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The Inside Scoop on the Congressional Afghanistan Hearing

December 3, 2009
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After waiting in line for hours to be the first in the House Foreign Affairs Committee hearing on the Afghanistan war strategy, I can assure you that being close to the action does not make it any more comprehensible. Exciting, yes, but logical, not so much. I’ll admit I was hoping that being mere feet from the distinguished Secretary of State Clinton, Secretary of Defense Gates, and Chair of the Joint Chiefs of Staff Mullen would somehow increase my chances of making sense of Obama’s Afghanistan surge. (That’s me on the left, by the way.)

In the end, though, I was only convinced that the administration was trying too hard to win over the hearts and minds of Americans without offering a strategy that will work. And if Obama can’t win my heart and mind on this plan to escalate the war to 100,000+ U.S. and NATO troops, how is he going to “win the hearts and minds” of Afghans, as the line goes?

Several things stood out to me as I listened to the witnesses’ testimony before the Committee. I was struck by the way that Mullen and Gates spoke as if this was a brand new war that they were starting “fresh,” as if their enthusiastic focus back on fighting the Taliban was going to “turn things around.” The Republicans in the committee suggested that announcing an 18 month goal to begin withdrawal was giving the Taliban and insurgents notice that they just need to wait the war out. But I can see that everyone is just waiting the U.S. out, whether it’s one year or ten. After all, it is the Afghans’ country, and they will be vested in it long after the U.S. is gone.

Also, I was dismayed at the lip-service paid to civilian components of Obama’s plan, because I know that local development and civil society initiatives would be the most helpful parts of the strategy, as all three of Obama’s top aides emphasized. Yet, Clinton proudly proclaimed that they would be tripling the number of coalition civilian personnel on the ground in Afghanistan to…wait for it…974!! Wow, 100,000 soldiers and less than 1,000 civilians–if they can find that many who speak local languages and can do the critical work that’s needed in agriculture and governance. That sounds like making a “civilian surge” a priority.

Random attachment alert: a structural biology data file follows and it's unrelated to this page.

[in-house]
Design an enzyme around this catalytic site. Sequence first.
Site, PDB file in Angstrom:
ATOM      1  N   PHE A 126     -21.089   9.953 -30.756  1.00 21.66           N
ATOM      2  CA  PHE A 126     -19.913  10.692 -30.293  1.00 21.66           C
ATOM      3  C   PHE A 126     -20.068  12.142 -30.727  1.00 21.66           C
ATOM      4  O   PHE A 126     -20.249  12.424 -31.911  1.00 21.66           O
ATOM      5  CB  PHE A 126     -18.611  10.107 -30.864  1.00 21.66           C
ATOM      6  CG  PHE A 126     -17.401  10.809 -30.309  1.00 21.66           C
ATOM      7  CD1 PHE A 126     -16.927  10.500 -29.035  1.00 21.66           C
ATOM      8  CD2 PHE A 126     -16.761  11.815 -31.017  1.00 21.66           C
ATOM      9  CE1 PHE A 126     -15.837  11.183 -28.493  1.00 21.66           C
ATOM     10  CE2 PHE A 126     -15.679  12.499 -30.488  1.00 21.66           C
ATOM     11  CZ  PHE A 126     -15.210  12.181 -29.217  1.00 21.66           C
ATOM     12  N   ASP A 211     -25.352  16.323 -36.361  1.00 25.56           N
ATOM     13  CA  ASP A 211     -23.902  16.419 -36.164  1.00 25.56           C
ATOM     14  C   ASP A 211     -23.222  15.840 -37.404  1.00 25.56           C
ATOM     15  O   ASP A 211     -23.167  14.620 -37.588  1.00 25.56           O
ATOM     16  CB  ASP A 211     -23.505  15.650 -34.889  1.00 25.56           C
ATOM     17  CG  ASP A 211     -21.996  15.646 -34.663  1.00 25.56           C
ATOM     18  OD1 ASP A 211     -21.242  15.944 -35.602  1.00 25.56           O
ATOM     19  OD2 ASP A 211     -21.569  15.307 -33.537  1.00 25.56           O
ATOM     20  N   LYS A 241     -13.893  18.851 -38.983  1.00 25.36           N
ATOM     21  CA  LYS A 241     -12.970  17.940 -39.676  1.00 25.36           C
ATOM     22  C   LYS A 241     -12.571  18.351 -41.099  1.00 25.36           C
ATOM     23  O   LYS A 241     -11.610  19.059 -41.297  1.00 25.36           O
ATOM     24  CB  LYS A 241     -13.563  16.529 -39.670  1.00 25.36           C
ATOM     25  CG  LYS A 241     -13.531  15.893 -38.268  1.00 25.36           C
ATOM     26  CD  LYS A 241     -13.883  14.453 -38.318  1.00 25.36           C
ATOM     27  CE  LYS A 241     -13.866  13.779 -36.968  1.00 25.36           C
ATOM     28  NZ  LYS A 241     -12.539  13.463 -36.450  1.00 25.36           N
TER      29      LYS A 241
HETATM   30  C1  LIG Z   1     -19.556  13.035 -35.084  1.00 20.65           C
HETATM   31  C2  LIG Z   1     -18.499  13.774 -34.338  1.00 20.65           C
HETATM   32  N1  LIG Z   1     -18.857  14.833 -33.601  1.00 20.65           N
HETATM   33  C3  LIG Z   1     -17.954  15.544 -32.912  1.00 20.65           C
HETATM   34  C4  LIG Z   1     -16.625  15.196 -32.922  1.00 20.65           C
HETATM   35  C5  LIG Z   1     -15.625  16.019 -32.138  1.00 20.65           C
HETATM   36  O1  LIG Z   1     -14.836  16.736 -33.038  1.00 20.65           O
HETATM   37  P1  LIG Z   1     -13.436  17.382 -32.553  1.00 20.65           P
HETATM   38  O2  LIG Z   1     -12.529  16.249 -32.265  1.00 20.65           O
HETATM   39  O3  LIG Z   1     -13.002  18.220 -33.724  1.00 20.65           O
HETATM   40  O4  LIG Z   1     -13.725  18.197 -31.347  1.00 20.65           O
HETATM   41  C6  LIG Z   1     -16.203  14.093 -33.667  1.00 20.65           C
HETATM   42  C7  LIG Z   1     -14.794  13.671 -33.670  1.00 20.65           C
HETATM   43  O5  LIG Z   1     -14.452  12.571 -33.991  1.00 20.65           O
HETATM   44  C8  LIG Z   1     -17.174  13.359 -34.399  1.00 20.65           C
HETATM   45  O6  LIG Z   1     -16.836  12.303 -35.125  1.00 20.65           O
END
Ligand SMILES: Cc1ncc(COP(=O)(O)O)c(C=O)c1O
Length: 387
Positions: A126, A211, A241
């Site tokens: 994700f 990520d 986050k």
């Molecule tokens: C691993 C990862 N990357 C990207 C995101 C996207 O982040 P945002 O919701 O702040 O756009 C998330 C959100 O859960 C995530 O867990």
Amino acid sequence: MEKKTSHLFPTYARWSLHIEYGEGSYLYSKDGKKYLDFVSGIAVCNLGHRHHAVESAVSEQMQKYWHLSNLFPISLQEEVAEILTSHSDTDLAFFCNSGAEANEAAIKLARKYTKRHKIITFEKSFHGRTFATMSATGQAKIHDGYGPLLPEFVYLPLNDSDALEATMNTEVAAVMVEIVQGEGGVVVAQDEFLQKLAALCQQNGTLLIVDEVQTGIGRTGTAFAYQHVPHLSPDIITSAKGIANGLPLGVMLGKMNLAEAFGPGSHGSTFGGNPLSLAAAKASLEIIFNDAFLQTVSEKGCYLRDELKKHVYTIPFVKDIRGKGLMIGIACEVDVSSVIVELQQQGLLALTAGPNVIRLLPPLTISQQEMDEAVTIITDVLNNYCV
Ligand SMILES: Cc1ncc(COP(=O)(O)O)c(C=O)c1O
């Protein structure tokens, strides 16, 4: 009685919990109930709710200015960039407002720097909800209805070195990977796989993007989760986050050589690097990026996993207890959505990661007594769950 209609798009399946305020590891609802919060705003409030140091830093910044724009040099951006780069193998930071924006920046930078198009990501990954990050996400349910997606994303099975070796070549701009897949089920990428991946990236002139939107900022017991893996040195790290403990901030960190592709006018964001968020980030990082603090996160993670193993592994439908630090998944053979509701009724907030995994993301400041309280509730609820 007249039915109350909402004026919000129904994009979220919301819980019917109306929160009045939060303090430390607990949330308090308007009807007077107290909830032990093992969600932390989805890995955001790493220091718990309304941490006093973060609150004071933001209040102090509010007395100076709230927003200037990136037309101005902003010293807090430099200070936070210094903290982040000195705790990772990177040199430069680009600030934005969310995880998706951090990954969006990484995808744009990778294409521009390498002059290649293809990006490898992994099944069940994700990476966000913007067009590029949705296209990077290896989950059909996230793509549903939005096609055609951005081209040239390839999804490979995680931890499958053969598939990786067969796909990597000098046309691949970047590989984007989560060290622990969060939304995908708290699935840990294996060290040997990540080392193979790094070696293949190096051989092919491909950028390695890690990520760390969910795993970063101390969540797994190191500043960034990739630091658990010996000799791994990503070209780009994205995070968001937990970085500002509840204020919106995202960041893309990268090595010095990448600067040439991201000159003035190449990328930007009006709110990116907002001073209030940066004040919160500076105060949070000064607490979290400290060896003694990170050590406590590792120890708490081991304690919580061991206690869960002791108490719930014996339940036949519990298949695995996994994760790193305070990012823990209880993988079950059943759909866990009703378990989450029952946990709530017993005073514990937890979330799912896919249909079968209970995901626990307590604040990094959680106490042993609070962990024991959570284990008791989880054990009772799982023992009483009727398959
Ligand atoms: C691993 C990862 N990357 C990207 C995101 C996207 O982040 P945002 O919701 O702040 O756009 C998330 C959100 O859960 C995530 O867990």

Being interested in regional initiatives and diplomacy in the middle east, I was quite distressed that there was little concern with promoting engagement of Afghanistan’s neighbors. Of course, there was patronizing banter about making sure Pakistan behaves, but the question of whether the U.S. would promote peaceful dialogue between Pakistan and India was shirked. Additionally, Iran was briefly mentioned as “not a player” at the moment in Afghanistan, with the suggestion that Iran could become problematic for the U.S.’s interests. This indicated to me that the administration is not looking hard enough at the opportunity to build regional peace through engagement with Iran.

Lastly, I felt that Gates and Clinton were backpedaling significantly on Obama’s promise to withdraw soon–qualifying the 18 month mark as merely a beginning of a transition–and they more or less indicated that if there is still no U.S. confidence in the Afghan security forces at that time that the U.S. would not leave. Given their aim to construct an army and police of 400,000 Afghans from thin air, I’m afraid it could be long after Obama’s term before the U.S. gets out of Afghanistan.

Not a lot to be optimistic about in the hearing, but it was still a thrill to see the key policymakers in action at this historic time. Sitting just behind Hillary Clinton for those two hours reminded me that FCNL is in a position to make the Quaker voice for peace heard on Capitol Hill. (Check out Matt eying Rep. Ackerman, before he makes his move and shakes hands with Secretary Clinton.)

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